For many groups of mammals, there is a key feature that led to their success. A good example is powered flight in bats. Primates lack a feature like this (see Chapter 5). Instead, if there is something unique about primates, it is probably a group of features rather than one single thing. Because of this, anthropologists and paleontologists struggle to describe an ecological scenario that could explain the rise and success of our own order. Three major hypotheses have been advanced to consider the origin of primates and to explain what makes our order distinct among mammals (Figure 8.1); these are described below.
In the 1800s, many anthropologists viewed all animals in relation to humans. That is, animals that were more like humans were considered to be more “advanced” and those lacking humanlike features were considered more “primitive.” This way of thinking was particularly obvious in studies of primates. A more modern way of referring to members of a group that lack certain evolutionary innovations seen in other members is to call them plesiomorphic (literally “anciently shaped”). The state of their morphological features is sometimes referred to as ancestraltraits.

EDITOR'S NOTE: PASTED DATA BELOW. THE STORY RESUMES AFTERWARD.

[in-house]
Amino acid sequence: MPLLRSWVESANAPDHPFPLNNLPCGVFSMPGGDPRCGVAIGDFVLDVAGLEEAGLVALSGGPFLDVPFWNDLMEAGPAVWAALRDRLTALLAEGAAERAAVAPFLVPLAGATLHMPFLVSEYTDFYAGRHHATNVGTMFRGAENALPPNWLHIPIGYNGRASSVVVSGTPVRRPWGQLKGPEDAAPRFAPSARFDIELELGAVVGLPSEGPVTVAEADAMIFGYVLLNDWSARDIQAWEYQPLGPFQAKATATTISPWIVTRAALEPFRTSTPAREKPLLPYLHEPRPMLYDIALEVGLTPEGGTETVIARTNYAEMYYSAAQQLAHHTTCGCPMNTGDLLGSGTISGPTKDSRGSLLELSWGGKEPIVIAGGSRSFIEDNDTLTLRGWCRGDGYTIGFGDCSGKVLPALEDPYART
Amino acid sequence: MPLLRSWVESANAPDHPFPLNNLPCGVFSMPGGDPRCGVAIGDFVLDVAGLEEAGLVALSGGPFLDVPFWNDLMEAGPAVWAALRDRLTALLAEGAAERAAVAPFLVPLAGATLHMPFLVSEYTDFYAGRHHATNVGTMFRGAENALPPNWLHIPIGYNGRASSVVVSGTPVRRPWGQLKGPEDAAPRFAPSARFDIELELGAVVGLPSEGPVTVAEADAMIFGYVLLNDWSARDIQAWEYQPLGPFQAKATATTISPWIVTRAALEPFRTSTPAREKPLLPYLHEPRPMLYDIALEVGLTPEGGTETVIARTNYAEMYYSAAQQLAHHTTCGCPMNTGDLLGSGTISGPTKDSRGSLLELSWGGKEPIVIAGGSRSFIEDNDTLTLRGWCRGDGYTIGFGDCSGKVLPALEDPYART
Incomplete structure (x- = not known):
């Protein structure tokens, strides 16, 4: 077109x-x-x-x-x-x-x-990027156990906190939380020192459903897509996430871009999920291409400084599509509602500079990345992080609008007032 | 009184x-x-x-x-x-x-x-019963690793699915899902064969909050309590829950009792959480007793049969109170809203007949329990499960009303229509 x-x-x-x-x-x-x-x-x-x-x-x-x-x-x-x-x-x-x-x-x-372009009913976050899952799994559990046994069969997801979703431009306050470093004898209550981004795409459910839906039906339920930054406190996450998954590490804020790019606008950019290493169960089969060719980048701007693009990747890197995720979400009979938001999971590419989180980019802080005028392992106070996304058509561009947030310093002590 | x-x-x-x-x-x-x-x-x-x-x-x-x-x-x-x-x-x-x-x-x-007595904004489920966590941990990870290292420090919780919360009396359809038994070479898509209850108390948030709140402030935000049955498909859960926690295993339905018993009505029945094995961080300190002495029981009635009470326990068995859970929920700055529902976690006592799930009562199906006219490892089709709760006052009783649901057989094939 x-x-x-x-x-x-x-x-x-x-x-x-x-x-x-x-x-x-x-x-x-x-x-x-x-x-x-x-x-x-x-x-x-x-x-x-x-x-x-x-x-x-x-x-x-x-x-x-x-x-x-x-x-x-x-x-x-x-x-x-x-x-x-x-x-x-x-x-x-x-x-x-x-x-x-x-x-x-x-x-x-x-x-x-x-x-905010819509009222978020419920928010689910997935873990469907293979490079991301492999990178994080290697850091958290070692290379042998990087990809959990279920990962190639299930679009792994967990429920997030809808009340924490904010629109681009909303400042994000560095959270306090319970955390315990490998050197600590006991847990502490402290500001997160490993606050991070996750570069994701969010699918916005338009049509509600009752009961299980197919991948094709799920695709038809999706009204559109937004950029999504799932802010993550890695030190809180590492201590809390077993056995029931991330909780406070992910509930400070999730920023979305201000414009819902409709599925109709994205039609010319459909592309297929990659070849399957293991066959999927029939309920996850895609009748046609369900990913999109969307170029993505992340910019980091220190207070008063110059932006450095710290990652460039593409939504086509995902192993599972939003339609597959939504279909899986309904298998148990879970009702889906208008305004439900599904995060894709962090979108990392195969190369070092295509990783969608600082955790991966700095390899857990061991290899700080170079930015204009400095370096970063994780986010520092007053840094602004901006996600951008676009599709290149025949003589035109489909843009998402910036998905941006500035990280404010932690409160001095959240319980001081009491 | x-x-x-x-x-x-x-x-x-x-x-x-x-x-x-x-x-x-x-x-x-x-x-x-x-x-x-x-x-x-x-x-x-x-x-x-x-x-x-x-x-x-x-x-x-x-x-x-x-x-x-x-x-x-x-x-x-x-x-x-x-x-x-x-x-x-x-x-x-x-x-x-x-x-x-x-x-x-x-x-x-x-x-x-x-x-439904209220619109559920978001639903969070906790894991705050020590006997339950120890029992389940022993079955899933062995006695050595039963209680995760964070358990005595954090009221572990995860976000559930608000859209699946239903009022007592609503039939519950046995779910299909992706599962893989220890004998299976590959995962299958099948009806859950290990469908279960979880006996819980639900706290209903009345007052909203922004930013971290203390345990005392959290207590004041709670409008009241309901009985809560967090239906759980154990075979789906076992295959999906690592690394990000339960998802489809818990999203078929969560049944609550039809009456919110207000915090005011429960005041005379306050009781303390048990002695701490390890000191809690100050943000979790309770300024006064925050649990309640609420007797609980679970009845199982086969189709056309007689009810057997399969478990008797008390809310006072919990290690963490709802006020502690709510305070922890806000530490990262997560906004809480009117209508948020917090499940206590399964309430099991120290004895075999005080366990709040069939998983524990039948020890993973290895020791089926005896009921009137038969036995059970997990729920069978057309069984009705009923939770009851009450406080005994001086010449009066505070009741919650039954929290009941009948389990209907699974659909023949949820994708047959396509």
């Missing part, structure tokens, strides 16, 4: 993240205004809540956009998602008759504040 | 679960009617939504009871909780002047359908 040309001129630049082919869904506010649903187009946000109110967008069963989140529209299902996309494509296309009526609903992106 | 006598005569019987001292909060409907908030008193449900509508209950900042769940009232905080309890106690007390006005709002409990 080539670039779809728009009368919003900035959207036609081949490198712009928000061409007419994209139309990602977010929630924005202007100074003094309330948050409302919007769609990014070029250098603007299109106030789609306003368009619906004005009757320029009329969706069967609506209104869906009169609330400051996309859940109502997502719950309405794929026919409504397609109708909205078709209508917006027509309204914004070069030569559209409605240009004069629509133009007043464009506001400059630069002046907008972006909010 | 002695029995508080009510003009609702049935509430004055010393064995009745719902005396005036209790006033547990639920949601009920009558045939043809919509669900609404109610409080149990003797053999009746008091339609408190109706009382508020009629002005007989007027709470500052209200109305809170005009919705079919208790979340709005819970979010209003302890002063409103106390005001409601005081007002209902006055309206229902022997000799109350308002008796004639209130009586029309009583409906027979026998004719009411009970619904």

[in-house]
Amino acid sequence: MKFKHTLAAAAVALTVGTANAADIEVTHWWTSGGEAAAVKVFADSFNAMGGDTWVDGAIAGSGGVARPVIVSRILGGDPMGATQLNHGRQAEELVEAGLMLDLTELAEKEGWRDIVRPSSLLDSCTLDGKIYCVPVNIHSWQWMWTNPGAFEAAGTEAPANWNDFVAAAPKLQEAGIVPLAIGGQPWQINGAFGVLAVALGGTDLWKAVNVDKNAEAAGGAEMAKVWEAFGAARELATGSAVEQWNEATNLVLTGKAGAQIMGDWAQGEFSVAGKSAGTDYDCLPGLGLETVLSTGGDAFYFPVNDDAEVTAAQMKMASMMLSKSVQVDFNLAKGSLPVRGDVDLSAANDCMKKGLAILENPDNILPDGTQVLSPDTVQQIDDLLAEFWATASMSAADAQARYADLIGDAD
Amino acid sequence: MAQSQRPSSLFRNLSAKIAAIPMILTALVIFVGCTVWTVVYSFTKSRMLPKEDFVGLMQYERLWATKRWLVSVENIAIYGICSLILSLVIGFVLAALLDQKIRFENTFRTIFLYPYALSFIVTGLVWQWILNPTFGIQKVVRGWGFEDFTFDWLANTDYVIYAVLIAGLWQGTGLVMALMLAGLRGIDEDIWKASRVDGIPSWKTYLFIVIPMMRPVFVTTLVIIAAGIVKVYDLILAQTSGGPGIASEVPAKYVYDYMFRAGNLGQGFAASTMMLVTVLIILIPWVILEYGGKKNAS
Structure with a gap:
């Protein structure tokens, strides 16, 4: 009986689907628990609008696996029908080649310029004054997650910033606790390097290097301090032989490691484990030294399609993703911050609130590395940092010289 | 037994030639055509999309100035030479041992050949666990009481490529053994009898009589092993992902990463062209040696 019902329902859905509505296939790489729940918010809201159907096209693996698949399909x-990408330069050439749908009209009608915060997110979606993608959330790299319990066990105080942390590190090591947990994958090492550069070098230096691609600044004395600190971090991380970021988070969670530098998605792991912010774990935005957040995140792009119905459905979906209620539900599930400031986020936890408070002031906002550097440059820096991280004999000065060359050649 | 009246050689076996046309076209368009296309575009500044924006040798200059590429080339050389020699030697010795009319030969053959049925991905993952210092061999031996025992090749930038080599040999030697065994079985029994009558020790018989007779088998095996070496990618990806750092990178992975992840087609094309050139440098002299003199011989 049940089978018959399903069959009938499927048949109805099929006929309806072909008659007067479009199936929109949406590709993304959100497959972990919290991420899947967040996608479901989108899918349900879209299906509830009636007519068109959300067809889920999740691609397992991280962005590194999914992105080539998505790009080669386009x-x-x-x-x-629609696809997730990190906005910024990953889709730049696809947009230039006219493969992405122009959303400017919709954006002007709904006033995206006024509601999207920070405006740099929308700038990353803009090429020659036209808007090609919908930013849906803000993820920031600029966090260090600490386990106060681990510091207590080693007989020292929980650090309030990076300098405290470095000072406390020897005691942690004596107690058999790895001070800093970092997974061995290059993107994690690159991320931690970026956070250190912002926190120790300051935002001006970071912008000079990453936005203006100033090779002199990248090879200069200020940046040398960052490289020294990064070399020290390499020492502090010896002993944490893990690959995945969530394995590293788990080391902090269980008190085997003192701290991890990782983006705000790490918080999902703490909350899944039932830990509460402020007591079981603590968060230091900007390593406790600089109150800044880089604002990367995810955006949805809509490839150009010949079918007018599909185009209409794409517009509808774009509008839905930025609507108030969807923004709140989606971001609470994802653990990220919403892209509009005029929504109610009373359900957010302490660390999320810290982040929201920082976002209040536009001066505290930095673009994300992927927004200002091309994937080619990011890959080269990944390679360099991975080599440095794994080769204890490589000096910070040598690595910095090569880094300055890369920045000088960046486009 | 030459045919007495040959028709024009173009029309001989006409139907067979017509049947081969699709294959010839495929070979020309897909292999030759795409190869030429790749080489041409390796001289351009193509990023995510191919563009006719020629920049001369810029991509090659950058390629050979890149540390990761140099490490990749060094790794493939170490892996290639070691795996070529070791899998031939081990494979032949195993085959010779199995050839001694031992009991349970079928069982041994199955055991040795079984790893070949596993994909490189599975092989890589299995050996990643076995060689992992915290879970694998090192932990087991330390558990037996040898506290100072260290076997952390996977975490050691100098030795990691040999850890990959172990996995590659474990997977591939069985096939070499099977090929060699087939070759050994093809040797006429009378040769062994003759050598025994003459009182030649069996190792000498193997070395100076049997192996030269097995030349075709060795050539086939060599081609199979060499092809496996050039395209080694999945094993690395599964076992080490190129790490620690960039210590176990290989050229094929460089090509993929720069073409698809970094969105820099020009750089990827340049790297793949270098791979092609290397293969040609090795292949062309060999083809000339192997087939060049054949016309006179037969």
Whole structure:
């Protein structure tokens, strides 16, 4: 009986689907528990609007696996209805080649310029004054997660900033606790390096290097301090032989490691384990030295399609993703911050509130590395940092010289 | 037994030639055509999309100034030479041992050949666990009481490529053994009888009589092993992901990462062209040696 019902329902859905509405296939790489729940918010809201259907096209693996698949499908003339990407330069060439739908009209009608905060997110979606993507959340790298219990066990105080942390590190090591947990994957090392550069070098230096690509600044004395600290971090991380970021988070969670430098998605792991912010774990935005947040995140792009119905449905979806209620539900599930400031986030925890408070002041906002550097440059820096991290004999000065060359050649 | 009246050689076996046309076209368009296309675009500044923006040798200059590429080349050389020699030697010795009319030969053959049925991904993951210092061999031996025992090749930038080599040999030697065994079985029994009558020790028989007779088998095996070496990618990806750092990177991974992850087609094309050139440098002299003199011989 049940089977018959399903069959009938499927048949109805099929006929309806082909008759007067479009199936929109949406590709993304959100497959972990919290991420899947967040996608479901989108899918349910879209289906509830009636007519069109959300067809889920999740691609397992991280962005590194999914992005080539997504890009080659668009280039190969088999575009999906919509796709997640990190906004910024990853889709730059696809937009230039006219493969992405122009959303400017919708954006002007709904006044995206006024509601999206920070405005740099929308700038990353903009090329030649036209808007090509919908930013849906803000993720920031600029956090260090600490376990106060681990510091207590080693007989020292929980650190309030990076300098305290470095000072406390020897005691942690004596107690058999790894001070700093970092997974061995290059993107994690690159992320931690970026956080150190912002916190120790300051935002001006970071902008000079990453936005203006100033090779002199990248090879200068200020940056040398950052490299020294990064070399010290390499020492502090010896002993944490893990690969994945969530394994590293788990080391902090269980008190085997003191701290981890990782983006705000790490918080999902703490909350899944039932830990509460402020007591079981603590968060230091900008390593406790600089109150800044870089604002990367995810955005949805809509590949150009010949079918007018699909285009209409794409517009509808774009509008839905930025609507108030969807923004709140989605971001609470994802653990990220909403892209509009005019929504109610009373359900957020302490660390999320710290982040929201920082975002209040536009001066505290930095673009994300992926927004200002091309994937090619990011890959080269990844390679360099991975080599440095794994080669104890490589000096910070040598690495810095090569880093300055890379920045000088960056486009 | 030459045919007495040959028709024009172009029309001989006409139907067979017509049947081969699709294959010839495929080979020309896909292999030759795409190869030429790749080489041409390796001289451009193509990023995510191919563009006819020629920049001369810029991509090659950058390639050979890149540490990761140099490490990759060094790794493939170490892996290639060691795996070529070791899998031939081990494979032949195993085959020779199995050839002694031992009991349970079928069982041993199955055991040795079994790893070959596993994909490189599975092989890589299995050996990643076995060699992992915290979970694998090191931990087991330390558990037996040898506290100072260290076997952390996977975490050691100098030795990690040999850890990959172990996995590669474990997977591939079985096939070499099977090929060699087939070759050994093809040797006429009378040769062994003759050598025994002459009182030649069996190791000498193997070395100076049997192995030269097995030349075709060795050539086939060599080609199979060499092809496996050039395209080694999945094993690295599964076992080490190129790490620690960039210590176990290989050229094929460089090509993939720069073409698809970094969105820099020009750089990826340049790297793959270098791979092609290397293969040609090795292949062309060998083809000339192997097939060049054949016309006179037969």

Thus, when anthropologists sought features that separate primates from other mammals, they focused on features that were least developed in lemurs and lorises, more developed in monkeys, and most developed in apes (Figure 8.2). Frederic Wood Jones, one of the leading anatomist-anthropologists of the early 1900s, is usually credited with the Arboreal Hypothesis of primate origins (Jones 1916). This hypothesis holds that many of the features of primates evolved to improve locomotion in the trees; this way of getting around is referred to as arboreal. For example, the grasping hands and feet of primates are well suited to gripping tree branches of various sizes and our flexible joints are good for reorienting the extremities in many different ways. A mentor of Jones, Grafton Elliot Smith, had suggested that the reduced olfactory system, acute vision, and forward-facing eyes of primates are adaptations for making accurate leaps and bounds through a complex, three-dimensional canopy (Smith 1912). The forward orientation of the eyes in primates causes the visual fields to overlap, enhancing depth perception, especially at close range. Evidence to support this hypothesis includes the facts that many extant primates are arboreal, and the plesiomorphic members of most primate groups are dedicated arborealists. The Arboreal Hypothesis was well accepted by most anthropologists at the time and for decades afterward.